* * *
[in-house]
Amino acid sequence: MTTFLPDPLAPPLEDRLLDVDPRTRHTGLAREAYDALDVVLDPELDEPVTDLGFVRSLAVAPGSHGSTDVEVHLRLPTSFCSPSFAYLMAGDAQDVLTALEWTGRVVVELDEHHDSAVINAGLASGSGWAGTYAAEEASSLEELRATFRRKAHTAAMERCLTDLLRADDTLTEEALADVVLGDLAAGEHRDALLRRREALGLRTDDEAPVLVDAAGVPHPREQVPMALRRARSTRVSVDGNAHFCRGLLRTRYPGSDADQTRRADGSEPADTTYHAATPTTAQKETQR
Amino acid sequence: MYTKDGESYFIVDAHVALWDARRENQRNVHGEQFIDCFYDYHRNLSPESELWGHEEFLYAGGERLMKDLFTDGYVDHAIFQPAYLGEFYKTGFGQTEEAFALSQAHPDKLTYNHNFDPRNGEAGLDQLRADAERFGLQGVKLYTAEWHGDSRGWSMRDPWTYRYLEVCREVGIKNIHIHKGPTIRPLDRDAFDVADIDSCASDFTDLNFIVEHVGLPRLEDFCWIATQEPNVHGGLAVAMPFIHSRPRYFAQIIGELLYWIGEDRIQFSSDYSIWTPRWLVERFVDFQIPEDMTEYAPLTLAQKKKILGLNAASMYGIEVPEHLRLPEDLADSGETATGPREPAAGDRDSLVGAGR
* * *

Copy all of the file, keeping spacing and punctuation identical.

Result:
[in-house]
Amino acid sequence: MTTFLPDPLAPPLEDRLLDVDPRTRHTGLAREAYDALDVVLDPELDEPVTDLGFVRSLAVAPGSHGSTDVEVHLRLPTSFCSPSFAYLMAGDAQDVLTALEWTGRVVVELDEHHDSAVINAGLASGSGWAGTYAAEEASSLEELRATFRRKAHTAAMERCLTDLLRADDTLTEEALADVVLGDLAAGEHRDALLRRREALGLRTDDEAPVLVDAAGVPHPREQVPMALRRARSTRVSVDGNAHFCRGLLRTRYPGSDADQTRRADGSEPADTTYHAATPTTAQKETQR
Amino acid sequence: MYTKDGESYFIVDAHVALWDARRENQRNVHGEQFIDCFYDYHRNLSPESELWGHEEFLYAGGERLMKDLFTDGYVDHAIFQPAYLGEFYKTGFGQTEEAFALSQAHPDKLTYNHNFDPRNGEAGLDQLRADAERFGLQGVKLYTAEWHGDSRGWSMRDPWTYRYLEVCREVGIKNIHIHKGPTIRPLDRDAFDVADIDSCASDFTDLNFIVEHVGLPRLEDFCWIATQEPNVHGGLAVAMPFIHSRPRYFAQIIGELLYWIGEDRIQFSSDYSIWTPRWLVERFVDFQIPEDMTEYAPLTLAQKKKILGLNAASMYGIEVPEHLRLPEDLADSGETATGPREPAAGDRDSLVGAGR